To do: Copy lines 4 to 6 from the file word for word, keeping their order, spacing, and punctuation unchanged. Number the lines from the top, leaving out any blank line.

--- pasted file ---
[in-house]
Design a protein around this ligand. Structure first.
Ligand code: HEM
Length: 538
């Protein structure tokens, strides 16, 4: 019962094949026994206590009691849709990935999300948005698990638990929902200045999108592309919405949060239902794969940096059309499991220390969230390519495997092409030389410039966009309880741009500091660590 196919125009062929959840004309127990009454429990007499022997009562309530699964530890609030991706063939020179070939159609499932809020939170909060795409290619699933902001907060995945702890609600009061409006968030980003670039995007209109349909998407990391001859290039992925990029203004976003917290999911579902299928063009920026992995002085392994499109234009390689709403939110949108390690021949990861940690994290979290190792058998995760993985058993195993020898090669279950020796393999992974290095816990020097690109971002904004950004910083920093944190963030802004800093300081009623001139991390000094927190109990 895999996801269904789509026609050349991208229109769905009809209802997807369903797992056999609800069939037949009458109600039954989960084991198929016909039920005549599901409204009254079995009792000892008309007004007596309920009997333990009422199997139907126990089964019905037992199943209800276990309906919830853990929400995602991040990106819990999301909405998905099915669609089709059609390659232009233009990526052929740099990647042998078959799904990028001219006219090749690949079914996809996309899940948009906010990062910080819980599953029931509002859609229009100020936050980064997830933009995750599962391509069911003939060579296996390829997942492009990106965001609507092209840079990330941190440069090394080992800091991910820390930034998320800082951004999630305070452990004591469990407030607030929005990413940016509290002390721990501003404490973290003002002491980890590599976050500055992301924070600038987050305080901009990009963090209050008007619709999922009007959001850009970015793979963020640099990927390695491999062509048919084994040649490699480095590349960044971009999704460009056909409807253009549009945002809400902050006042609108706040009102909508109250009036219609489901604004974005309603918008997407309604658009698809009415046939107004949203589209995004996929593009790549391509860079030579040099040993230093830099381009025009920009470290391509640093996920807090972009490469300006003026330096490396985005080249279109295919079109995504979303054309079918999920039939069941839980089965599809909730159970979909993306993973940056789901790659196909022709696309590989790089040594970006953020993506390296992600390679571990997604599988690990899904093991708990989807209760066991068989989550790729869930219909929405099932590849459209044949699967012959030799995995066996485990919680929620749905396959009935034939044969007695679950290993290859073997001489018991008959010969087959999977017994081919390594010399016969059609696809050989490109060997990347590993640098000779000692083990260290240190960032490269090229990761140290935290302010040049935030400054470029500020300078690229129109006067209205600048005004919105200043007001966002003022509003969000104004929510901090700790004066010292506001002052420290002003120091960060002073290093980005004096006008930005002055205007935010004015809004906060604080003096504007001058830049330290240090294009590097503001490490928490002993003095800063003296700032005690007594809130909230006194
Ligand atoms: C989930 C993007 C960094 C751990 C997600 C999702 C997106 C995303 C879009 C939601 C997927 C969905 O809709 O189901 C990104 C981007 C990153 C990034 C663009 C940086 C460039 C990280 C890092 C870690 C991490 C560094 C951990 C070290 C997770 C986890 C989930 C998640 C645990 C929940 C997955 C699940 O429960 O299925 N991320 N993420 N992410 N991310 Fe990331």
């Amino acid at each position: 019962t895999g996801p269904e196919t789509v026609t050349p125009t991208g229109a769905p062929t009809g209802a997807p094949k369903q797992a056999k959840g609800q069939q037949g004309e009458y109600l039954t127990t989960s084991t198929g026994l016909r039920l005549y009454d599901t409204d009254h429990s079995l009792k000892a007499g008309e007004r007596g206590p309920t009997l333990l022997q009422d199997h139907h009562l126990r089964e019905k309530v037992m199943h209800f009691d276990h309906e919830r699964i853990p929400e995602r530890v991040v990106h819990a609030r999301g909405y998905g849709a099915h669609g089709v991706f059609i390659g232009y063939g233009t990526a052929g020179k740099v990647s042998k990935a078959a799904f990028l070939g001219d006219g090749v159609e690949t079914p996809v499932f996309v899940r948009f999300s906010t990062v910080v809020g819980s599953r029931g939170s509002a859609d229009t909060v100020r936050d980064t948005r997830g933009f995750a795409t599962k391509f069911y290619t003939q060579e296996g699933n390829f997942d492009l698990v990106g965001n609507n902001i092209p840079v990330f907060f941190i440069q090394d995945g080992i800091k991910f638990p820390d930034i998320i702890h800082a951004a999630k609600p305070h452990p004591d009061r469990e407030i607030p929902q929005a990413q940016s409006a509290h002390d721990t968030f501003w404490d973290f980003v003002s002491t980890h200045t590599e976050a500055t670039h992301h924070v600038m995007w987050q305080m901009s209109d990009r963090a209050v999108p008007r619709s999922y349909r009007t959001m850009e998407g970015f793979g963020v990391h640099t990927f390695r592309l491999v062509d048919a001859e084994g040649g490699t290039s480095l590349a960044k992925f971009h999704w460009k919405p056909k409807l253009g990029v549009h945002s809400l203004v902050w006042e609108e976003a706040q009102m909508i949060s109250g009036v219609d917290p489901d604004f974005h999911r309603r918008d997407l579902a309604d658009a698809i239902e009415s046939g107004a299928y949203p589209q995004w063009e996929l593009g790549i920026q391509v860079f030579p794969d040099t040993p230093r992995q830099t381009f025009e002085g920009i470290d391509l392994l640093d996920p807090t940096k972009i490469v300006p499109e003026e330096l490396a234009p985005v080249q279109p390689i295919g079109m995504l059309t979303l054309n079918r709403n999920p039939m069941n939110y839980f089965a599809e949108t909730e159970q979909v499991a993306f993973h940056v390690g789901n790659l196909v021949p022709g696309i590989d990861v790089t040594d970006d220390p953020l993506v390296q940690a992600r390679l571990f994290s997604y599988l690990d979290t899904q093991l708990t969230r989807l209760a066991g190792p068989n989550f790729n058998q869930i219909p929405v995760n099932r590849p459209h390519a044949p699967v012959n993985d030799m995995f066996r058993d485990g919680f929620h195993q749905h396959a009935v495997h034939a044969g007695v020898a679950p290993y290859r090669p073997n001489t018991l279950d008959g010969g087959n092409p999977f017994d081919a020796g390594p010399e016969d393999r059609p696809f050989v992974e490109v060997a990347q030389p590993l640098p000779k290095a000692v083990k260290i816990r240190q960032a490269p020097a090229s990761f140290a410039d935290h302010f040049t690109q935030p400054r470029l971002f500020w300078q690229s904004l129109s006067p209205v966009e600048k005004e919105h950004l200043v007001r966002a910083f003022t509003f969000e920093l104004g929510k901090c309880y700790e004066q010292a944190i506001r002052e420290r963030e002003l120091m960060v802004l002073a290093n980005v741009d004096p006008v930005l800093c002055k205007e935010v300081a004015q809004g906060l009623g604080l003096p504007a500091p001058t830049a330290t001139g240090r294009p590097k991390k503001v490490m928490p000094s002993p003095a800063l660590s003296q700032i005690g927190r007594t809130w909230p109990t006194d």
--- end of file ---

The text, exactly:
Length: 538
């Protein structure tokens, strides 16, 4: 019962094949026994206590009691849709990935999300948005698990638990929902200045999108592309919405949060239902794969940096059309499991220390969230390519495997092409030389410039966009309880741009500091660590 196919125009062929959840004309127990009454429990007499022997009562309530699964530890609030991706063939020179070939159609499932809020939170909060795409290619699933902001907060995945702890609600009061409006968030980003670039995007209109349909998407990391001859290039992925990029203004976003917290999911579902299928063009920026992995002085392994499109234009390689709403939110949108390690021949990861940690994290979290190792058998995760993985058993195993020898090669279950020796393999992974290095816990020097690109971002904004950004910083920093944190963030802004800093300081009623001139991390000094927190109990 895999996801269904789509026609050349991208229109769905009809209802997807369903797992056999609800069939037949009458109600039954989960084991198929016909039920005549599901409204009254079995009792000892008309007004007596309920009997333990009422199997139907126990089964019905037992199943209800276990309906919830853990929400995602991040990106819990999301909405998905099915669609089709059609390659232009233009990526052929740099990647042998078959799904990028001219006219090749690949079914996809996309899940948009906010990062910080819980599953029931509002859609229009100020936050980064997830933009995750599962391509069911003939060579296996390829997942492009990106965001609507092209840079990330941190440069090394080992800091991910820390930034998320800082951004999630305070452990004591469990407030607030929005990413940016509290002390721990501003404490973290003002002491980890590599976050500055992301924070600038987050305080901009990009963090209050008007619709999922009007959001850009970015793979963020640099990927390695491999062509048919084994040649490699480095590349960044971009999704460009056909409807253009549009945002809400902050006042609108706040009102909508109250009036219609489901604004974005309603918008997407309604658009698809009415046939107004949203589209995004996929593009790549391509860079030579040099040993230093830099381009025009920009470290391509640093996920807090972009490469300006003026330096490396985005080249279109295919079109995504979303054309079918999920039939069941839980089965599809909730159970979909993306993973940056789901790659196909022709696309590989790089040594970006953020993506390296992600390679571990997604599988690990899904093991708990989807209760066991068989989550790729869930219909929405099932590849459209044949699967012959030799995995066996485990919680929620749905396959009935034939044969007695679950290993290859073997001489018991008959010969087959999977017994081919390594010399016969059609696809050989490109060997990347590993640098000779000692083990260290240190960032490269090229990761140290935290302010040049935030400054470029500020300078690229129109006067209205600048005004919105200043007001966002003022509003969000104004929510901090700790004066010292506001002052420290002003120091960060002073290093980005004096006008930005002055205007935010004015809004906060604080003096504007001058830049330290240090294009590097503001490490928490002993003095800063003296700032005690007594809130909230006194
Ligand atoms: C989930 C993007 C960094 C751990 C997600 C999702 C997106 C995303 C879009 C939601 C997927 C969905 O809709 O189901 C990104 C981007 C990153 C990034 C663009 C940086 C460039 C990280 C890092 C870690 C991490 C560094 C951990 C070290 C997770 C986890 C989930 C998640 C645990 C929940 C997955 C699940 O429960 O299925 N991320 N993420 N992410 N991310 Fe990331």